Clarity on Trump Tower calls: Phone calls that Donald Trump Jr. received from a blocked number around the time of a 2016 meeting with Russians were from family friends, not his father, according to evidence obtained by Senate investigators. There have long been questions about whether President Trump knew about the meeting.

India’s economy: Months before a general election, the government of Prime Minister Narendra Modi was accused on Thursday of suppressing an official report said to show the unemployment rate at a 45-year high. Mr. Modi’s popularity has rested in part on his promises to make India an economic powerhouse.

Snapshot: Above, the funeral service for Kim Bok-dong in Seoul, South Korea, today. Ms. Kim, a former sex slave for the Japanese military during World War II, helped bring international attention to the suffering of thousands of women like her. She died on Monday at 92.

News quiz: Did you follow the headlines this week? Test yourself.

Late-night comedy: Jimmy Kimmel was puzzled by the possibility that President Trump would divert disaster aid to a border wall: “Sometimes I’m kind of amazed he only bankrupted three casinos.”

What we’re listening to: The Shining 2:37 Podcast.” Our culture editor, Gilbert Cruz, writes: “If you know a little about Stanley Kubrick’s 1980 horror classic, you know that Room 237 is where the really bad things happen in the Overlook Hotel. This podcast offers the deepest of dives — each episode deconstructs a 2 minute and 37 second chunk of the film.”

Cook: End the week with a glass of red wine and an Italian-American classic: pasta alla vodka.

Read: Our editors recommend 10 new books, including a memoir of obesity and weight loss.

Watch: Natasha Lyonne’s new Netflix show, “Russian Doll,” is a gritty take on “Groundhog Day,” with a nihilistic New Yorker repeating her birthday party.

Listen: Florence and the Machine has released a yin-yang pair of new songs. Are you in the mood for room-shaking rock-soul (“Moderation”) or a decorous piano waltz (“Haunted House”)?

Smarter Living: Unplugging your DVR, or trading it in to stream with apps, is one way to cut your electric bill. DVRs are enormous power drainers; as of 2017, set-top boxes in the U.S. were using about seven large power plants’ worth of electricity each year. App-based services use far less.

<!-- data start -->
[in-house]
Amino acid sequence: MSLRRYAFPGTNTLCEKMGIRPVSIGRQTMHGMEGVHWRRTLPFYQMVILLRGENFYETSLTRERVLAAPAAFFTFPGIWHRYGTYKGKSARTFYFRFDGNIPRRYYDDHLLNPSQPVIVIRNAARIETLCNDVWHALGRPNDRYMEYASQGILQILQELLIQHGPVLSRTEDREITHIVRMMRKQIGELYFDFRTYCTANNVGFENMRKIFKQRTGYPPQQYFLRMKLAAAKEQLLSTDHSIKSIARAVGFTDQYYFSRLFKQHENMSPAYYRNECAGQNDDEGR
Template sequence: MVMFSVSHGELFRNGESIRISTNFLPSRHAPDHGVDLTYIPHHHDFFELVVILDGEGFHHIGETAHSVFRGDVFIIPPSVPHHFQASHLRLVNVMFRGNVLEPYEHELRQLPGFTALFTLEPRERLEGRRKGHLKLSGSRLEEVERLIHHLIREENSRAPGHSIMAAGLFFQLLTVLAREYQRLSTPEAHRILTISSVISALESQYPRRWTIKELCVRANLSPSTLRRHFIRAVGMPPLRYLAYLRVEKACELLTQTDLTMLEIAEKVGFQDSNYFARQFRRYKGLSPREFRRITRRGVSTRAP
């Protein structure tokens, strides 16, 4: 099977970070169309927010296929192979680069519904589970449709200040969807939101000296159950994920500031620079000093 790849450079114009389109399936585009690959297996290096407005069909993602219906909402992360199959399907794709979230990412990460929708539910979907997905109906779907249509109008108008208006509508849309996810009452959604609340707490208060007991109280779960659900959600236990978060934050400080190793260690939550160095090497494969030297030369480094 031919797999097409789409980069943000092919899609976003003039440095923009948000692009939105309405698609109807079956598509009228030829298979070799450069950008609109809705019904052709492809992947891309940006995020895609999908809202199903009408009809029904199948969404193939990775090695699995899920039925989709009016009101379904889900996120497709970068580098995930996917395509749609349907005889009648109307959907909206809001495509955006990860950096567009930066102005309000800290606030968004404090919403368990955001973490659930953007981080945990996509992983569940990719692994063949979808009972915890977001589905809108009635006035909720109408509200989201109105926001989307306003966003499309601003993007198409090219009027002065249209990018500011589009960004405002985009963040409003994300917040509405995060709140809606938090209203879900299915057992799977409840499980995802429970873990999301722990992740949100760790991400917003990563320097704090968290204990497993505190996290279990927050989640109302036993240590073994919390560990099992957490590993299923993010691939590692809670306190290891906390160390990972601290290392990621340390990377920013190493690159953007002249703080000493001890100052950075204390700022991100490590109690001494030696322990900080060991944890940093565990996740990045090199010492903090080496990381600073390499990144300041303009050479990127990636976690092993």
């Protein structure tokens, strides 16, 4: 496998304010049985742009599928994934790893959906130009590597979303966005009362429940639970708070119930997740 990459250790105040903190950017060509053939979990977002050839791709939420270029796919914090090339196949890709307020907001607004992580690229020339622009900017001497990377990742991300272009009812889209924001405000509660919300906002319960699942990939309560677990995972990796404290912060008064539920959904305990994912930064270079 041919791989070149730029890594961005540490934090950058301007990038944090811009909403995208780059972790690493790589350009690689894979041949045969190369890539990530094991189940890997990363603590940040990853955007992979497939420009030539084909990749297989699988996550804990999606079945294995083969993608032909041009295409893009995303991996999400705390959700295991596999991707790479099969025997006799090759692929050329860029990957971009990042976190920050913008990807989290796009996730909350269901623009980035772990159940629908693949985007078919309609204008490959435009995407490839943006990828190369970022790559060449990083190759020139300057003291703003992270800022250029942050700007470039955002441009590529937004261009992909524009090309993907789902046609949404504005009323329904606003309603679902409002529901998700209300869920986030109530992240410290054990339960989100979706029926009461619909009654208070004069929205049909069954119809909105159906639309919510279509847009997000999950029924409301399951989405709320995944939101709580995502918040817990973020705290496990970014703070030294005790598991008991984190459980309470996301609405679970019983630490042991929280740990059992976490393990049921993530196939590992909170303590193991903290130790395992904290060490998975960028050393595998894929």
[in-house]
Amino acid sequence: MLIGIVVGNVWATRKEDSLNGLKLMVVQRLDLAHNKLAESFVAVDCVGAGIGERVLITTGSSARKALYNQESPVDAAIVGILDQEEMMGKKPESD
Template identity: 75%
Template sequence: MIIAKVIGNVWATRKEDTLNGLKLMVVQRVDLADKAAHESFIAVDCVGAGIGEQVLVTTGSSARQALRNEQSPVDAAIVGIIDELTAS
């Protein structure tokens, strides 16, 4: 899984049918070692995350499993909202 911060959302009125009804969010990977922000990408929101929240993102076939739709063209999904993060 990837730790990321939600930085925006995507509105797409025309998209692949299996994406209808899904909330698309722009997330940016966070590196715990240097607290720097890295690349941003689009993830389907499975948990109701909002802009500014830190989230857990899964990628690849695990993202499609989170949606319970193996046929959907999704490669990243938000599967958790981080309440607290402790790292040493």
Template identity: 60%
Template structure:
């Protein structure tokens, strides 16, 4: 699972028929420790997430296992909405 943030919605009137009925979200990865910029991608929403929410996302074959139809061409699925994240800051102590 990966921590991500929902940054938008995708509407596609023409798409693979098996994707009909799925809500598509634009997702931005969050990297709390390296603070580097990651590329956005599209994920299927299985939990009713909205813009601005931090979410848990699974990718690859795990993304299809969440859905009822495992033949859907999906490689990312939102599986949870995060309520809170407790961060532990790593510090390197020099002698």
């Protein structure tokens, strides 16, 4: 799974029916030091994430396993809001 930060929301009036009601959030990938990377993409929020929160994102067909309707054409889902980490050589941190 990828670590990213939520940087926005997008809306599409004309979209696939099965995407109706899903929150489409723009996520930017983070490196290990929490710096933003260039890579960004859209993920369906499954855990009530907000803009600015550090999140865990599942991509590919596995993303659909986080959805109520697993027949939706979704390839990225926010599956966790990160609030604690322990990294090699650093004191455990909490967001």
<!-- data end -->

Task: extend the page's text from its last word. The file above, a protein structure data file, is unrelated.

We also have ideas for how to spend less when you’re on the road.

On this day in 1786, a Briton living in India delivered a discourse on a little-known proposition: that Sanskrit, Persian, Latin, Greek and other languages might have a common source.

The commentary set off the field of comparative linguistics. Its fruits are known today as the concept of Proto-Indo-European, a mother language for dozens of tongues. The idea revolutionized not only the study of language, but also the sense of human history.

The man who delivered the talk, Sir William Jones, was, predictably, a student of languages and culture. Less predictably, he was in India because he was also a legal expert — the same reason he ultimately became convinced of his theory.

Sir William Jones, circa 1770.CreditHulton Archive, via Getty Images

He arrived many decades before the Raj, or British government rule. The British East India Company was increasing its control over territories where it had long traded. Some of the company’s officials wanted British justices like Jones to supervise the administration of Indian courts; translations from Sanskrit to English were crucial to that effort.

Jones’s work with translators enabled his remarkable insights.

That’s it for this briefing.

Tomorrow is Groundhog Day, which gives me the opportunity to cite a favorite entry in The Times’s stylebook: “Punxsutawney (Pa.). It is so spelled. And groundhog is so spelled. And overexposed publicity stunt is so spelled.”

See you next time.

— Chris

Thank you
To Eleanor Stanford and James K. Williamson for the break from the news, and Andrea Kannapell, the briefings editor, for today’s Back Story. You can reach the team at

• We’re listening to “The Daily.” Today’s episode is about President Trump’s interview with The Times.
• Here’s today’s mini crossword puzzle, and a clue: Capital of Vietnam (5 letters). You can find all our puzzles here.
• The New York Times Magazine ran a column called “On Language” from 1979 until 2011.

Source : Nytimes